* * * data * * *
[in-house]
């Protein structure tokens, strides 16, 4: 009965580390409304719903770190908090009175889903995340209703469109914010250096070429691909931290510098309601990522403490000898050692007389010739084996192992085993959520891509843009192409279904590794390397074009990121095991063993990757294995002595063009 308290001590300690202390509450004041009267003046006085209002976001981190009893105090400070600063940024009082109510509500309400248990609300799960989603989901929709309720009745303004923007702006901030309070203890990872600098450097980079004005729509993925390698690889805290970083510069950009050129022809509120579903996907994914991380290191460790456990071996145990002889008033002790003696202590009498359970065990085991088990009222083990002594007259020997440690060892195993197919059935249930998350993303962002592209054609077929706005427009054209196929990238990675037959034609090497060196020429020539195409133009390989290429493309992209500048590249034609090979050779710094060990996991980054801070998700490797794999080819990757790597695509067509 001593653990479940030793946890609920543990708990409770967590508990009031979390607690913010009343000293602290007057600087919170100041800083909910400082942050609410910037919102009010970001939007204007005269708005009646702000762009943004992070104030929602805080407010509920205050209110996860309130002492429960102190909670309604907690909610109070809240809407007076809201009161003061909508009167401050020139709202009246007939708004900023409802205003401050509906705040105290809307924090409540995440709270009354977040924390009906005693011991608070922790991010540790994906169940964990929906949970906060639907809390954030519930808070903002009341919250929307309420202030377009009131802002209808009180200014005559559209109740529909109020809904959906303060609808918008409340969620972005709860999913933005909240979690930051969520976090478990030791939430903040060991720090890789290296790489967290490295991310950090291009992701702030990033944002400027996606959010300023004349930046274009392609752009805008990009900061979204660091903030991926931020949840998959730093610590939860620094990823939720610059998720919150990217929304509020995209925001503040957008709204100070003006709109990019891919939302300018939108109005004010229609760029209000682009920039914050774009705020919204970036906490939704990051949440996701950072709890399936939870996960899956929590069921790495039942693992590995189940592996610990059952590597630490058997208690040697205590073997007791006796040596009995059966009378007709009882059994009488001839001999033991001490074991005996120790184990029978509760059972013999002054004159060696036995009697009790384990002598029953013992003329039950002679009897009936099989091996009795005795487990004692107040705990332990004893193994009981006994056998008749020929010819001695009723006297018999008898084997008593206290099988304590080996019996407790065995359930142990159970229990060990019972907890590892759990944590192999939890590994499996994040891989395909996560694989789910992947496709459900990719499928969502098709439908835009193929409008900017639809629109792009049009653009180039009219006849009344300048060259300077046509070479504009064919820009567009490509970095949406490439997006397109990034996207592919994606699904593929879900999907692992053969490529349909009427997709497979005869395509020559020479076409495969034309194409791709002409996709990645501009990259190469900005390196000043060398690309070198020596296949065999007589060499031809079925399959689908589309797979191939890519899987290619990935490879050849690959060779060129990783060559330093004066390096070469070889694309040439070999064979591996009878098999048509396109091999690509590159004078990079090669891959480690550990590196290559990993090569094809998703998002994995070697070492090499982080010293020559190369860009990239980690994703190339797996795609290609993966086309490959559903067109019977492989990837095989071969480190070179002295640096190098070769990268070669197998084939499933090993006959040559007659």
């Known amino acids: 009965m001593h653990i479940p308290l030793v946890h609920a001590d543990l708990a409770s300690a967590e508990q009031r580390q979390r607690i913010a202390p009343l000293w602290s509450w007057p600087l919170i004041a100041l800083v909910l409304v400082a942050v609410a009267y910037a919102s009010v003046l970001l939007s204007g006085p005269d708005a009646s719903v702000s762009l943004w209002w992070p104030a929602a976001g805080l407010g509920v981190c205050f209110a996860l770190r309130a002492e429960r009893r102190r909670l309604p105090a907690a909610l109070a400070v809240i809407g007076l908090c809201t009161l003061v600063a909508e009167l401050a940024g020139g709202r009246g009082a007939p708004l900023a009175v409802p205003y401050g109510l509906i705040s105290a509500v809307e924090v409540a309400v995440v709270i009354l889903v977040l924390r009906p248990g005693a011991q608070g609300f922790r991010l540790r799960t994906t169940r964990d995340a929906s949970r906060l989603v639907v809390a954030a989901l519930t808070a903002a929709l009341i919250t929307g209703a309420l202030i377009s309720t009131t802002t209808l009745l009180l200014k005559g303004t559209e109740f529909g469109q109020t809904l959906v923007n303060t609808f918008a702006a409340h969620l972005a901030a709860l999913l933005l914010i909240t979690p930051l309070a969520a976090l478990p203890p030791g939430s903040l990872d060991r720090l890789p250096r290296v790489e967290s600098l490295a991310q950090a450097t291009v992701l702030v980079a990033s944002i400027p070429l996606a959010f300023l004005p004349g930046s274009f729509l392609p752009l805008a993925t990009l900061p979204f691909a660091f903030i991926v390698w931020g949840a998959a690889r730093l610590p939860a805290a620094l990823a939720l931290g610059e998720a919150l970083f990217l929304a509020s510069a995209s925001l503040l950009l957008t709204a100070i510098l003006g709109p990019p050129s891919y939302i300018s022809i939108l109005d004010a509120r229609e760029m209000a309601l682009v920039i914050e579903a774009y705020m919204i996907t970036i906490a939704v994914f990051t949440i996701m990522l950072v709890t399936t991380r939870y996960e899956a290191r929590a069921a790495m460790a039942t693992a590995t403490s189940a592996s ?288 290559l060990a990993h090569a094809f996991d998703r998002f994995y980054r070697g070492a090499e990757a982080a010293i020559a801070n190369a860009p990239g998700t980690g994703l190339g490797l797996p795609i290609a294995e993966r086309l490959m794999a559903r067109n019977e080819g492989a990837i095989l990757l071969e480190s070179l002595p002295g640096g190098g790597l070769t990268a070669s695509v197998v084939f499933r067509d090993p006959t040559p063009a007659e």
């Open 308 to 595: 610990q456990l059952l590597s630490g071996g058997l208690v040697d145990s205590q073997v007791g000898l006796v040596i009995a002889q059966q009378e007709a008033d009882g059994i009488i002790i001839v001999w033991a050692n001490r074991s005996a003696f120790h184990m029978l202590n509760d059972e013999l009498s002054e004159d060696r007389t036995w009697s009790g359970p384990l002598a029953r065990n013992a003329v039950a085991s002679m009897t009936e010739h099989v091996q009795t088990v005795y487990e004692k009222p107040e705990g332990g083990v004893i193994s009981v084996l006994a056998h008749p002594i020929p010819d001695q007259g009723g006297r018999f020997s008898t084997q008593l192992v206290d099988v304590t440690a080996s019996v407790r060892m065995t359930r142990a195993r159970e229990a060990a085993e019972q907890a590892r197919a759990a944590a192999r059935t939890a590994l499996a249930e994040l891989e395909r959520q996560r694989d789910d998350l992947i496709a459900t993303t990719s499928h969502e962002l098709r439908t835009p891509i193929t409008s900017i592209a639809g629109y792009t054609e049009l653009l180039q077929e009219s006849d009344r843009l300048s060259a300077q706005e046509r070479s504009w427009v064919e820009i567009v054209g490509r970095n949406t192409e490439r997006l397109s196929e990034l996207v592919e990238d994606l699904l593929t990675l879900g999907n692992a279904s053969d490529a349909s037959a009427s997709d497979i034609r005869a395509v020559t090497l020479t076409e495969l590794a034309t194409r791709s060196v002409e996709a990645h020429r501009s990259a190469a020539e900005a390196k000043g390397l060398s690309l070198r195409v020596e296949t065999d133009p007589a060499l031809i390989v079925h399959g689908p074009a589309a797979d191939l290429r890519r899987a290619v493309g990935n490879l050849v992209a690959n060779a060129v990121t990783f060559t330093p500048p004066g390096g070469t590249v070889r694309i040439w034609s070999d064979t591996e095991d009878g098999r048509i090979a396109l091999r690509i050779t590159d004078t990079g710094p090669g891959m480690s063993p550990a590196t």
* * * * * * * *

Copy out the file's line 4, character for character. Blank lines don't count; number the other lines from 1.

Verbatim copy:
């Open 308 to 595: 610990q456990l059952l590597s630490g071996g058997l208690v040697d145990s205590q073997v007791g000898l006796v040596i009995a002889q059966q009378e007709a008033d009882g059994i009488i002790i001839v001999w033991a050692n001490r074991s005996a003696f120790h184990m029978l202590n509760d059972e013999l009498s002054e004159d060696r007389t036995w009697s009790g359970p384990l002598a029953r065990n013992a003329v039950a085991s002679m009897t009936e010739h099989v091996q009795t088990v005795y487990e004692k009222p107040e705990g332990g083990v004893i193994s009981v084996l006994a056998h008749p002594i020929p010819d001695q007259g009723g006297r018999f020997s008898t084997q008593l192992v206290d099988v304590t440690a080996s019996v407790r060892m065995t359930r142990a195993r159970e229990a060990a085993e019972q907890a590892r197919a759990a944590a192999r059935t939890a590994l499996a249930e994040l891989e395909r959520q996560r694989d789910d998350l992947i496709a459900t993303t990719s499928h969502e962002l098709r439908t835009p891509i193929t409008s900017i592209a639809g629109y792009t054609e049009l653009l180039q077929e009219s006849d009344r843009l300048s060259a300077q706005e046509r070479s504009w427009v064919e820009i567009v054209g490509r970095n949406t192409e490439r997006l397109s196929e990034l996207v592919e990238d994606l699904l593929t990675l879900g999907n692992a279904s053969d490529a349909s037959a009427s997709d497979i034609r005869a395509v020559t090497l020479t076409e495969l590794a034309t194409r791709s060196v002409e996709a990645h020429r501009s990259a190469a020539e900005a390196k000043g390397l060398s690309l070198r195409v020596e296949t065999d133009p007589a060499l031809i390989v079925h399959g689908p074009a589309a797979d191939l290429r890519r899987a290619v493309g990935n490879l050849v992209a690959n060779a060129v990121t990783f060559t330093p500048p004066g390096g070469t590249v070889r694309i040439w034609s070999d064979t591996e095991d009878g098999r048509i090979a396109l091999r690509i050779t590159d004078t990079g710094p090669g891959m480690s063993p550990a590196t």